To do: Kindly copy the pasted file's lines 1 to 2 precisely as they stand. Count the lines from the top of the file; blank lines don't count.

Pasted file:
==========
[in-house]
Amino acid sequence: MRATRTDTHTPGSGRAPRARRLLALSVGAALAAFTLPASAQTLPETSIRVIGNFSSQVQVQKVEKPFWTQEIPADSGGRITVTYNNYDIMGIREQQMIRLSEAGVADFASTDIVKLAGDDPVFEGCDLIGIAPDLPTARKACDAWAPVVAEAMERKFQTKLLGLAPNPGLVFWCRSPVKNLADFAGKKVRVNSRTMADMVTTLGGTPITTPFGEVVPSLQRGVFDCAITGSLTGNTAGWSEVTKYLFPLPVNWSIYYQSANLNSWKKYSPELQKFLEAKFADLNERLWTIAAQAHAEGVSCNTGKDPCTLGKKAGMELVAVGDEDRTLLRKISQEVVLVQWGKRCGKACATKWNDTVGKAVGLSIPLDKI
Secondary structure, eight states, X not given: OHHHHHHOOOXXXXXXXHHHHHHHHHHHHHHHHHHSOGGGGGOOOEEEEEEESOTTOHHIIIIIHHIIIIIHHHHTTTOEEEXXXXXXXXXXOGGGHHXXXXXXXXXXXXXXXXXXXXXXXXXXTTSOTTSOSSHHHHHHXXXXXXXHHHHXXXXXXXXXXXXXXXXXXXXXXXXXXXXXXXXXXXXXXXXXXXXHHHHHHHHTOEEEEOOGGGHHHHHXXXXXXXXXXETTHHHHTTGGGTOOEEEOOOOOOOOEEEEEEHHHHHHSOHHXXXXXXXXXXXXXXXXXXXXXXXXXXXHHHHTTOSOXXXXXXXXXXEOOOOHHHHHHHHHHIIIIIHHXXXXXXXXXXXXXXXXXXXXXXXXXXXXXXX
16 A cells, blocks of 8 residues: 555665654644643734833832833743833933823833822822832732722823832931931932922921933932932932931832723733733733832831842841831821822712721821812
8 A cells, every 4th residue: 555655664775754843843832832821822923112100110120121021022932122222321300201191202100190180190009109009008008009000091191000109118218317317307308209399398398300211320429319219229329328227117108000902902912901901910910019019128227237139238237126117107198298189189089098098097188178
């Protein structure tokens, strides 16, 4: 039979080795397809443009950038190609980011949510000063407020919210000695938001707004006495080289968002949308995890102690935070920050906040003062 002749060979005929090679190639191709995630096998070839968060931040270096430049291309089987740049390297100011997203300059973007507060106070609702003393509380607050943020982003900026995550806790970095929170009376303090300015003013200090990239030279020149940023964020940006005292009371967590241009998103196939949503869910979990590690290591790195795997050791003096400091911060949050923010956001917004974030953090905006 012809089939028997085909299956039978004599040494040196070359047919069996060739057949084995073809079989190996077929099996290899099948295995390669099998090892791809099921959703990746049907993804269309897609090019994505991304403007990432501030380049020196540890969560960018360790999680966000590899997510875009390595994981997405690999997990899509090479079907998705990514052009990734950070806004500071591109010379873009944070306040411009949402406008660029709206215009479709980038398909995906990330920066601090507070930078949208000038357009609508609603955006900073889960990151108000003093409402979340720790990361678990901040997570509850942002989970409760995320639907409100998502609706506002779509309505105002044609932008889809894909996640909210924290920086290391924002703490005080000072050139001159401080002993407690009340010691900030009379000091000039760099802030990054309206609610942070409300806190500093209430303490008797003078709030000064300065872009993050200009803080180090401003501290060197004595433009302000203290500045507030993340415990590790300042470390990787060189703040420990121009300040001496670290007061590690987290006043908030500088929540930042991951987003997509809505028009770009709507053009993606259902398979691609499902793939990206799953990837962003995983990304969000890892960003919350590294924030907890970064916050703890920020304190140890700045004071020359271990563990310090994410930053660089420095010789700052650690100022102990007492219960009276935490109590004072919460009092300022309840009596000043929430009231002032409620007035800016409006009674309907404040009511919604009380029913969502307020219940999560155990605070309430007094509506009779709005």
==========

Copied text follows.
[in-house]
Amino acid sequence: MRATRTDTHTPGSGRAPRARRLLALSVGAALAAFTLPASAQTLPETSIRVIGNFSSQVQVQKVEKPFWTQEIPADSGGRITVTYNNYDIMGIREQQMIRLSEAGVADFASTDIVKLAGDDPVFEGCDLIGIAPDLPTARKACDAWAPVVAEAMERKFQTKLLGLAPNPGLVFWCRSPVKNLADFAGKKVRVNSRTMADMVTTLGGTPITTPFGEVVPSLQRGVFDCAITGSLTGNTAGWSEVTKYLFPLPVNWSIYYQSANLNSWKKYSPELQKFLEAKFADLNERLWTIAAQAHAEGVSCNTGKDPCTLGKKAGMELVAVGDEDRTLLRKISQEVVLVQWGKRCGKACATKWNDTVGKAVGLSIPLDKI